“They’re not doing it out of the goodness of their hearts,” Council says. “They’re doing it because they expect something in return.”
Jobs for New York operative Phil Singer wrote in an email statement that Espinal got the group’s backing because he stood out from other candidates in the 37th district.
“We spent a lot of time researching the candidates in this race and believe Assemblyman Espinal is not only the most committed but the most capable when it comes to creating jobs and opportunities for middle-class New Yorkers,” Singer wrote.
The $5.2 million in contributions disclosed by Jobs for New York in a July 15 report went to set of incumbents like Harlem Councilwoman Inez Dickens and Councilwoman Margaret Chin from Lower Manhattan, as well as strong challengers for open seats like Staten Island’s Steven Matteo, the former chief of staff to outgoing Councilman James Oddo. The group lists eight endorsements on its website, but other accounts say it could participate in as many as 25 races. (Brooklyn Bureau last week wrote about another Council race in which Jobs for New York is a factor, in Fort Greene.)
Housing looms large
Housing and development loom large in a district buffeted by gentrification. Father John Powis, a politically outspoken retired Bushwick priest who sits on the board of the Bushwick Housing Independence Project, says developers want longtime residents to step aside for new higher-priced buildings.
“It moved fast in Williamsburg but it’s moving even faster in Bushwick,” says Powis. “They’re displacing so many people.”
Council notes that she’s helped build 300 affordable units in East New York through the development corporation, and points to her work in creating a new building at the Berean Baptist Church. She says if she is elected she will push to increase the ratio of affordable units subject to tax-exempt bonds in new buildings from 20 percent up to 25 or 30 percent.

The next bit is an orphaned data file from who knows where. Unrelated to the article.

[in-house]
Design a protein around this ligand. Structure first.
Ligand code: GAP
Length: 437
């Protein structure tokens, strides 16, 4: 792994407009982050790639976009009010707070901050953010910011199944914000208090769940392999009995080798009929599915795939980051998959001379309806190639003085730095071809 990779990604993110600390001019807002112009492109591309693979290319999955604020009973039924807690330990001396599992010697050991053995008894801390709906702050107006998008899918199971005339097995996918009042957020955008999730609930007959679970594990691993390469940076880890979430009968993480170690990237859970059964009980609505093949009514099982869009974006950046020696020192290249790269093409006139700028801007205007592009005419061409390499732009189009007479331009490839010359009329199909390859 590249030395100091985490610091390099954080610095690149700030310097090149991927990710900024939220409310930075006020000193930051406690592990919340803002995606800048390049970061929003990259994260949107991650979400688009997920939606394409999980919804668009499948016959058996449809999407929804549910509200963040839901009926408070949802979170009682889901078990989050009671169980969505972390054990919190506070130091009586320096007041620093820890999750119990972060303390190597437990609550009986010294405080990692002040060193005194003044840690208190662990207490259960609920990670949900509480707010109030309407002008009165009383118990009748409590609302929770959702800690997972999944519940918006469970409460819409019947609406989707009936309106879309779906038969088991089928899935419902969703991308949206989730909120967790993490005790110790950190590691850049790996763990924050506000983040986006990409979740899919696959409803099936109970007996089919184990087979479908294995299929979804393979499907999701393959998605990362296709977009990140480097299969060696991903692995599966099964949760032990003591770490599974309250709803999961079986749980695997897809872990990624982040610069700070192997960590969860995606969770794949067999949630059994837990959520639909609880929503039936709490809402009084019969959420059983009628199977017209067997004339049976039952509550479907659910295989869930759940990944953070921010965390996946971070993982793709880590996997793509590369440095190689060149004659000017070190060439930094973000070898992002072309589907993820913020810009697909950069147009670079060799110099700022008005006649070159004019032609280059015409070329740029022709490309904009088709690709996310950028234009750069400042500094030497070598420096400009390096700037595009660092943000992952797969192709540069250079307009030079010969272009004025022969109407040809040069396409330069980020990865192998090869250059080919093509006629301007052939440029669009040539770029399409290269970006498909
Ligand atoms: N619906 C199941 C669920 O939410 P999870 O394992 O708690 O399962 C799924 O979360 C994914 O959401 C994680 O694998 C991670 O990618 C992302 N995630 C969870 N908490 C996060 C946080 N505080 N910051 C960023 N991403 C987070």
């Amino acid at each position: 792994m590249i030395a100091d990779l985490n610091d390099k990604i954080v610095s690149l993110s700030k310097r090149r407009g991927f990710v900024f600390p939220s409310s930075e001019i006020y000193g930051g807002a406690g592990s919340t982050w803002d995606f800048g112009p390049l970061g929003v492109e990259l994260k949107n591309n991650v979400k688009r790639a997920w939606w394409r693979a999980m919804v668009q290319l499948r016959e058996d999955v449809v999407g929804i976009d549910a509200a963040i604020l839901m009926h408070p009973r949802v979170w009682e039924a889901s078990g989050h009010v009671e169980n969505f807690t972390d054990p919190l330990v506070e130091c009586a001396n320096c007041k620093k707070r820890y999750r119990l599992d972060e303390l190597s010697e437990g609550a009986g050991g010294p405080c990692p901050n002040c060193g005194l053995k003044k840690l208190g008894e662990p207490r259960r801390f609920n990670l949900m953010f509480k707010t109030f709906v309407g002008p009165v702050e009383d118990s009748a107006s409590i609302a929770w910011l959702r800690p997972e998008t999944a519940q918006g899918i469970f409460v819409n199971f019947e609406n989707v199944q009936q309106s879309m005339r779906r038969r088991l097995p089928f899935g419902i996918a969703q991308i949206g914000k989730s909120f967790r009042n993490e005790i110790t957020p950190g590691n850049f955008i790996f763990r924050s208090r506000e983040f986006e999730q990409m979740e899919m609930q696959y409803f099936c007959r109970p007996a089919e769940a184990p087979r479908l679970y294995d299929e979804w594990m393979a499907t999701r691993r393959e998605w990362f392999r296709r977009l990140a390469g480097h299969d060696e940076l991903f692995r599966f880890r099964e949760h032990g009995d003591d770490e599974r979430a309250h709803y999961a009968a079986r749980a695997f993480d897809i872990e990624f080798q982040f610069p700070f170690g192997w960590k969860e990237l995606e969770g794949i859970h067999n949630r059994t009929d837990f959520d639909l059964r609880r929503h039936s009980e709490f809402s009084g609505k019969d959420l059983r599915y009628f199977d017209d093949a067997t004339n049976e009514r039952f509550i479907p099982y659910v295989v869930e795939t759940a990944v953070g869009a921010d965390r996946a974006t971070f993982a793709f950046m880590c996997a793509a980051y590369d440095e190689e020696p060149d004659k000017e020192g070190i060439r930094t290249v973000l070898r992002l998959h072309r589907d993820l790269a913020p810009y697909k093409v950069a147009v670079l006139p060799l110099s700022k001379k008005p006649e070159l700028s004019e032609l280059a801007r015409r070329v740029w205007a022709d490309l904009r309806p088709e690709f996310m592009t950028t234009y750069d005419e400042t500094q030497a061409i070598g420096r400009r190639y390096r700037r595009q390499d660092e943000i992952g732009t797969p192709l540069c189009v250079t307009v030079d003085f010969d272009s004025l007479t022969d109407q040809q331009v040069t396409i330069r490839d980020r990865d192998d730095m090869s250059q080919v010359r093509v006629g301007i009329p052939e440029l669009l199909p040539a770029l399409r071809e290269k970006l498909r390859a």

“We have to look at what people are making and what we are asking people to pay because people are being priced out of their neighborhood,” says Council.
Even Helal Sheikh, 39, an energetic newcomer to city politics vying to become the first Southeast Asian elected to the Council, attempts to introduce himself to area voters by invoking ire against those in power as he shakes hands at a subway station.
“We need something to change,” he says to a voter who stops for a placard outside the JMZ line on Broadway. “We need new people to run, not the same ones again and again.”
The former teacher in a now-closed high school, who is at least partially fluent in five languages, immigrated to New York from Bangladesh when he was 17. He somewhat vaguely pledges to do what his constituents tell him to do if he were elected. “Whatever their priority, I will work on it,” says Sheikh. “And I’ll find out what they need.”
Heriberto Mateo, who was a close runner-up to Erik Dilan in the 2001 Council election, did not return requests for comment.
Espinal says campaign money doesn’t determine his decisions as a lawmaker. And he said he would try to lower rents if he is elected to the Council.
“Property taxes do have an effect on how homeowners price the rent,” Espinal says. “I’d like to find a way to lower those taxes so that homeowners can provide housing for less.”
In the Cypress Hills section of the district, where Powis says there are people “living in the basement of shops in the most horrendous conditions,” the candidates will participate in a forum on housing, public safety and education on Aug. 14.
The Cypress Hills Local Development Corporation is hosting the forum in concert with 10 local churches and community groups. The nonprofit housing, health and education agency joined the city-wide “Our City Our Homes 2013” coalition calling for greater code enforcement, affordability mandates in new developments, public housing preservation and foreclosure prevention.
“The current housing crisis is not just the result of challenging or speculative market forces, it is also the consequence of our city’s failure to build the housing we need and to adequately preserve the affordable rent regulated, subsidized and public housing that we already have,” reads the coalition’s platform.